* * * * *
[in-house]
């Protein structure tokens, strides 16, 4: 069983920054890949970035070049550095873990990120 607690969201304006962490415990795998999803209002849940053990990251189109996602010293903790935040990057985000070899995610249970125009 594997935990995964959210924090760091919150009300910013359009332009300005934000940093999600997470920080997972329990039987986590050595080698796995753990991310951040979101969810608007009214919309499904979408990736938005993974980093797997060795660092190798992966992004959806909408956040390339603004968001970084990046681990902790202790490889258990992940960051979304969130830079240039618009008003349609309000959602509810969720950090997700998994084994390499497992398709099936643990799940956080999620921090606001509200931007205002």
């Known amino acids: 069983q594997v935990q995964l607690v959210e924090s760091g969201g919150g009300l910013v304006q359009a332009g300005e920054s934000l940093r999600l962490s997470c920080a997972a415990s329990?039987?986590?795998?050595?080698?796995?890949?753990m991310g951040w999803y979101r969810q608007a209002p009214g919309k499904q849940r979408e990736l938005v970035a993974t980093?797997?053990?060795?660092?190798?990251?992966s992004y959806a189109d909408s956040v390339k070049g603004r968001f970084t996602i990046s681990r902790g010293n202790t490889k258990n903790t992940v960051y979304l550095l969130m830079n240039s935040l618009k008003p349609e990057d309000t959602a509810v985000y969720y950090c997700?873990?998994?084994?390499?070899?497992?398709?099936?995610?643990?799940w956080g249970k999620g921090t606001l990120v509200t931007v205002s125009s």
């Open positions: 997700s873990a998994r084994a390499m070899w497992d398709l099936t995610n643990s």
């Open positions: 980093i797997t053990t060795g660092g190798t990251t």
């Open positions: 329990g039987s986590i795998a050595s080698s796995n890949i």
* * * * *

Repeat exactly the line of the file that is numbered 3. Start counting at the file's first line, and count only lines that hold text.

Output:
């Known amino acids: 069983q594997v935990q995964l607690v959210e924090s760091g969201g919150g009300l910013v304006q359009a332009g300005e920054s934000l940093r999600l962490s997470c920080a997972a415990s329990?039987?986590?795998?050595?080698?796995?890949?753990m991310g951040w999803y979101r969810q608007a209002p009214g919309k499904q849940r979408e990736l938005v970035a993974t980093?797997?053990?060795?660092?190798?990251?992966s992004y959806a189109d909408s956040v390339k070049g603004r968001f970084t996602i990046s681990r902790g010293n202790t490889k258990n903790t992940v960051y979304l550095l969130m830079n240039s935040l618009k008003p349609e990057d309000t959602a509810v985000y969720y950090c997700?873990?998994?084994?390499?070899?497992?398709?099936?995610?643990?799940w956080g249970k999620g921090t606001l990120v509200t931007v205002s125009s």